General Education
  • Breadth—Humanities/Literature/Arts: 6 credits
  • Breadth—Natural Science: 4 to 6 credits, consisting of one 4- or 5-credit course with a laboratory component; or two courses providing a total of 6 credits
  • Breadth—Social Studies: 3 credits
  • Communication Part A & Part B *
  • Ethnic Studies *
  • Quantitative Reasoning Part A & Part B *

* The mortarboard symbol appears before the title of any course that fulfills one of the Communication Part A or Part B, Ethnic Studies, or Quantitative Reasoning Part A or Part B requirements.

College of Letters & Science Degree Requirements: Bachelor of Arts (B.A.)

Students pursuing a bachelor of arts degree in the College of Letters & Science must complete all of the requirements below. The College of Letters & Science allows this major to be paired with either a bachelor of arts or a bachelor of science curriculum.

Bachelor of Arts degree requirements

Mathematics Complete the University General Education Requirements for Quantitative Reasoning A (QR-A) and Quantitative Reasoning B (QR-B) coursework.
Foreign Language
  • Complete the fourth unit of a foreign language; OR
  • Complete the third unit of a foreign language and the second unit of an additional foreign language.
L&S Breadth
  • 12 credits of Humanities, which must include 6 credits of literature; and
  • 12 credits of Social Science; and
  • 12 credits of Natural Science, which must include one 3+ credit Biological Science course and one 3+ credit Physical Science course.
Liberal Arts and Science Coursework Complete at least 108 credits.
Depth of Intermediate/Advanced work Complete at least 60 credits at the intermediate or advanced level.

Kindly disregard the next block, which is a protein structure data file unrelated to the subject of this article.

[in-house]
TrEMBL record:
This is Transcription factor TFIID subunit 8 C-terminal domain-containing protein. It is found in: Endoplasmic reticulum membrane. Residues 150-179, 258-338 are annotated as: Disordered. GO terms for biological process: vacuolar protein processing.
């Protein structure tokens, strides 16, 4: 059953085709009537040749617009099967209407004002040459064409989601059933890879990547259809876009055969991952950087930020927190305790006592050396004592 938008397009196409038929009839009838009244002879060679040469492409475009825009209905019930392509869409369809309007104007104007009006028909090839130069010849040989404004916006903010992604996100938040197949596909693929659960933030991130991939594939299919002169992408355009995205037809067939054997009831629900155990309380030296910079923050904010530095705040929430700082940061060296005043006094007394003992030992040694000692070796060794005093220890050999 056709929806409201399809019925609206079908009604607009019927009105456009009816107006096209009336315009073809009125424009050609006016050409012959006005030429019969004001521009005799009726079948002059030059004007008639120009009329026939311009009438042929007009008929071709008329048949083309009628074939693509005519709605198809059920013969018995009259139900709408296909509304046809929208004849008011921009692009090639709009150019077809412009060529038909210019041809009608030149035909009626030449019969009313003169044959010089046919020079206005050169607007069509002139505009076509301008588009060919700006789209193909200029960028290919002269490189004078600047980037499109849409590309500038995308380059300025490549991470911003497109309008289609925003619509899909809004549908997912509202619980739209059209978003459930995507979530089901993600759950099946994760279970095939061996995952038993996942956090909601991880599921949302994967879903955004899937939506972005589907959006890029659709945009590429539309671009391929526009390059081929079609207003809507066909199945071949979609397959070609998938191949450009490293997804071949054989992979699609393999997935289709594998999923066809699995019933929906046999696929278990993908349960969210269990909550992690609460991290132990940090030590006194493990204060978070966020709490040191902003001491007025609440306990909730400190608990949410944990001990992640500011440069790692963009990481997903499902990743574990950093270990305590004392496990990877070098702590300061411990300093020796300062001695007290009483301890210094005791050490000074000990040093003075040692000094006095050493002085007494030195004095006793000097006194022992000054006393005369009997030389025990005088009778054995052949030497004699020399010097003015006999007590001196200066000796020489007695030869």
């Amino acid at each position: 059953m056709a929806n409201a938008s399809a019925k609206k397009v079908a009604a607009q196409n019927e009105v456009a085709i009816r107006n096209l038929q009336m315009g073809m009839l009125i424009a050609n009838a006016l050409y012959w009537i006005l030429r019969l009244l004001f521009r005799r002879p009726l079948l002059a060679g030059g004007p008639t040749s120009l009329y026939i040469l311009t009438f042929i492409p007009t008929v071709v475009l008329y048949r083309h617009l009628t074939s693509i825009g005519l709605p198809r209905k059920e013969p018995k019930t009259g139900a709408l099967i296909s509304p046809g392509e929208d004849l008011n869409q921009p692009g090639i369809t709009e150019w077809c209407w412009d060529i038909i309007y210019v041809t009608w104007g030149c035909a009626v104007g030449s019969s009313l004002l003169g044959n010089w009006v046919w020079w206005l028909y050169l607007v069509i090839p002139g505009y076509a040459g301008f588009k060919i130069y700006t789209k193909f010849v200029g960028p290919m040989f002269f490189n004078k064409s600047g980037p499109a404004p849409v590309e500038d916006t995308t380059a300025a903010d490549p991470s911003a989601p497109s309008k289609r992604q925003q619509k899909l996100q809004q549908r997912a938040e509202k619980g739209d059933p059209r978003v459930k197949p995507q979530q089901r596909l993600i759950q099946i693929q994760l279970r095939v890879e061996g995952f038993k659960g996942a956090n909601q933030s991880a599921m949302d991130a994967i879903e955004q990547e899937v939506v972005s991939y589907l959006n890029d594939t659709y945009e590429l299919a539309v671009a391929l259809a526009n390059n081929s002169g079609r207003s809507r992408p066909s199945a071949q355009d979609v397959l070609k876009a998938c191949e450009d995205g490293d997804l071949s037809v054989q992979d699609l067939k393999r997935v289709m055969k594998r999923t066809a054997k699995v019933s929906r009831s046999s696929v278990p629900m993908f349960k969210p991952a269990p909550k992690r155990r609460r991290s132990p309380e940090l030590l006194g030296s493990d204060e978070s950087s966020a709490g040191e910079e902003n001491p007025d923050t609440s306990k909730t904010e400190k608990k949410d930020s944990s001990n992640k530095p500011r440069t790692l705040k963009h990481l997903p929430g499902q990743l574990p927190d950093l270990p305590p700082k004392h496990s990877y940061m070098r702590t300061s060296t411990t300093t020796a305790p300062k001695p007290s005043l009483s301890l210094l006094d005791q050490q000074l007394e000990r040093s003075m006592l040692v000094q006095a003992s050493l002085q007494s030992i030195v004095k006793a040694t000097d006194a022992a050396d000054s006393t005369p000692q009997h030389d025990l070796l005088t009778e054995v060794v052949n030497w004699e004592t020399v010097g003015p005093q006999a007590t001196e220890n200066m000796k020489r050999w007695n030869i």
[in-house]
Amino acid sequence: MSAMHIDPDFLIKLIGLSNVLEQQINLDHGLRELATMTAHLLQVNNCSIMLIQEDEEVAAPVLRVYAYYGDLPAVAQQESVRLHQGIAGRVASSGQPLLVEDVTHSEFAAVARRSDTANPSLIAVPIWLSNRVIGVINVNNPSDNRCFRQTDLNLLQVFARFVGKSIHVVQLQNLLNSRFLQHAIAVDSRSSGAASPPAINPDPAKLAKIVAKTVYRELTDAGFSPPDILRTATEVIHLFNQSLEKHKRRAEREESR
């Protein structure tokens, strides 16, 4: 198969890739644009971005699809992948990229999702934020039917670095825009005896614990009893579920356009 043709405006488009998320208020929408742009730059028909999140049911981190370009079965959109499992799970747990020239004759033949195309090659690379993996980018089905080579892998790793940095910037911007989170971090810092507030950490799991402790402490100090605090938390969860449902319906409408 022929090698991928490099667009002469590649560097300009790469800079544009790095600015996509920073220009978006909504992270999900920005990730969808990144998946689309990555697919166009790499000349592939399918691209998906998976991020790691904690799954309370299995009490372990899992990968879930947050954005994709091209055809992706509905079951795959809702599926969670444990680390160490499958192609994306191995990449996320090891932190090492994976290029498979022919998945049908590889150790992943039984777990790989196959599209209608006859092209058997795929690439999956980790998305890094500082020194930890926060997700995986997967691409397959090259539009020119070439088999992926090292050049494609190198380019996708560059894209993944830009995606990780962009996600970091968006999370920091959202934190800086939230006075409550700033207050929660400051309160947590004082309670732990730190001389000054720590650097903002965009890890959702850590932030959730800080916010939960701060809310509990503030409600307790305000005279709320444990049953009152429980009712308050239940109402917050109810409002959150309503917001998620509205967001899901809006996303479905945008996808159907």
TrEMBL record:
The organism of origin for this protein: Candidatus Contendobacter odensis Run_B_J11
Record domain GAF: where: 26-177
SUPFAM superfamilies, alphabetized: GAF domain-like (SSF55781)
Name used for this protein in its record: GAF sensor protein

Major Declare and complete at least one major.
Total Credits Complete at least 120 credits.
UW-Madison Experience
  • 30 credits in residence, overall; and
  • 30 credits in residence after the 86th credit.
Quality of Work
  • 2.000 in all coursework at UW–Madison
  • 2.000 in Intermediate/Advanced level coursework at UW–Madison

Non–L&S students pursuing an L&S major

Non–L&S students who have permission from their school/college to pursue an additional major within L&S only need to fulfill the major requirements. They do not need to complete the L&S Degree Requirements above.

Requirements for the Major

The mathematics major requirements include exposure to at least two areas of advanced mathematics.  The program is ideal for any student who has a broad interest in mathematics both pure and applied and functions well as a standalone or complementary program. 

Mathematics Major requirements

At least seven MATH courses for at least 21 credits are required for the major as follows1:

Linear Algebra (complete one): 23
Linear Algebra
Linear Algebra and Differential Equations
Elementary Matrix and Linear Algebra